Chief Executive Leung Chun-ying survived an unprecedented impeachment bid at the Legislative Council over allegations he lied about illegal structures at his Peak residence.
After an eight-hour debate, legislators voted down the motion - the first against a chief executive - on the strength of mainly pro-establishment functional constituency legislators.
Thirty-two functional constituency legislators opposed the motion moved by "Long Hair" Leung Kwok-hung while nine voted for it. Of 33 geographical constituency legislators, 18 were for it and 14 against.
In moving the motion, Leung had steered clear of his usual political theatrics but did have a T-shirt reading "We topple a tyrant" to add weight to his words.
"Leung Chun-ying has intentionally given false statements over his illegal structure saga in the legislature," his namesake foe declared, calling that "dereliction of constitutional duty."
He also accused the chief executive of using dishonest means to win the election by covering up on the illegal structures.
Association for Democracy and People's Livelihood's Frederick Fung Kin-kee backed that line, saying the illegal structures cover-up was unacceptable as was the fact citizens were lied to.
Democratic Party leader Emily Lau Wai-hing said: "Leung Chun-ying not only lied to citizens but he also lied for the purpose of winning the chief executive position ... by attacking his rival Henry Tang Ying-yen over the latter's illegal structures in his residence."
While their words did not change the outcome, People Power lawmaker Chan Chi-chuen said the impeachment move was a symbolic step as Leung was the first chief executive to be put in this position.
The pro-establishment's Ann Chiang Lai-wan of the Democratic Alliance for the Betterment and Progress of Hong Kong took a predictably opposite line, saying Leung Chun-ying had no motive to lie.
She believed Leung had truly forgotten about the illegal structures just like many men "who are always on business trips have forgotten their anniversaries."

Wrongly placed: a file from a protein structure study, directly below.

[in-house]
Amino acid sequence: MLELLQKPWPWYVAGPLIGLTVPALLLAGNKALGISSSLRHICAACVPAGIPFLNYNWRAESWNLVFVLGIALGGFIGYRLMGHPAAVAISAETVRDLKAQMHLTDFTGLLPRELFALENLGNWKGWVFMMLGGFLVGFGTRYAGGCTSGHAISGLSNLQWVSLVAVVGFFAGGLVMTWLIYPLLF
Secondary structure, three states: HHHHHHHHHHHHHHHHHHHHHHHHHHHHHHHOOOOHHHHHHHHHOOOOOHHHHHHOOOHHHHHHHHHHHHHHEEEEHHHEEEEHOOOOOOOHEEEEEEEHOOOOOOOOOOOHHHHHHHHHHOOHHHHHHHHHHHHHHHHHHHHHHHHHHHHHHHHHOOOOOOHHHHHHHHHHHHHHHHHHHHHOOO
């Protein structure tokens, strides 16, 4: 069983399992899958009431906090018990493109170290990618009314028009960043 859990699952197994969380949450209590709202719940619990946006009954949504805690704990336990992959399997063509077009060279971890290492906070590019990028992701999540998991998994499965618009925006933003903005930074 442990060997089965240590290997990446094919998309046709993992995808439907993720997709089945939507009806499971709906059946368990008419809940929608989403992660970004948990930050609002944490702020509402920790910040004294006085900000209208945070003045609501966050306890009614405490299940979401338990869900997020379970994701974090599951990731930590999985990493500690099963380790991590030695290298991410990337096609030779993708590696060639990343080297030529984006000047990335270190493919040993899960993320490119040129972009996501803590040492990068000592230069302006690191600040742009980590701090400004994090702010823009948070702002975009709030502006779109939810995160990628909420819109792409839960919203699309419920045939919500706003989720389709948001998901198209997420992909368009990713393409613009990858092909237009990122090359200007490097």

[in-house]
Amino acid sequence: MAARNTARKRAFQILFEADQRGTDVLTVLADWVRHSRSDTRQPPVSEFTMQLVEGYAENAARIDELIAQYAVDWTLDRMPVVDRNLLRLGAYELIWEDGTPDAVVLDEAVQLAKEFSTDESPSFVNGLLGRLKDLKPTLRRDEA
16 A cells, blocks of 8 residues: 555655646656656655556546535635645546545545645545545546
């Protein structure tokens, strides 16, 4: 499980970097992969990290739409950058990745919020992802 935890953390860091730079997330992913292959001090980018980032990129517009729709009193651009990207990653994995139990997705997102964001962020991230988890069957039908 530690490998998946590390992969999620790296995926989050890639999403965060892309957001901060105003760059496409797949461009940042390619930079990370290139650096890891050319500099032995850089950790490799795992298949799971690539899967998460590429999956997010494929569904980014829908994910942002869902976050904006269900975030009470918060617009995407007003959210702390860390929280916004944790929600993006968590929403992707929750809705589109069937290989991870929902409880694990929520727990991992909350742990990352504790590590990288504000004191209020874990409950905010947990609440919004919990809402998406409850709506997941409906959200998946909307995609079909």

The DAB's Ip Kwok-him said the action was only a political show for pan- democrats, while the Liberal Party's Vincent Fang Kang said there would be chaos if Leung stepped down.
By then, security officers outside the legislature had been forced to step between rivals arguing over may have been paid to turn out for a rally.
And anti-Leung protesters, including Democratic Party lawmakers Albert Ho Chun-yan and Sin Chung-kai, were in Legco's protest zone shouting for Leung to quit.
But they were answered by administration backers under the Voice of Loving Hong Kong banner, who shouted for the pair to go.
Meanwhile, about 300 people joined a Civic Human Rights Front rally outside the Tamar government headquarters demanding Leung should resign. That ran into late into the night.
Watching a feed from the legislature earlier, they booed as Chief Secretary for Administration Carrie Lam Cheng Yuet-ngor defended Leung.
The chief executive did not respond to media questions about the impeachment motion at a public function last night in Central. By then, he had heard Carrie Lam says the impeachment move, while a serious matter, had been a waste of time after two earlier legislative attempts to denounce the chief executive had failed.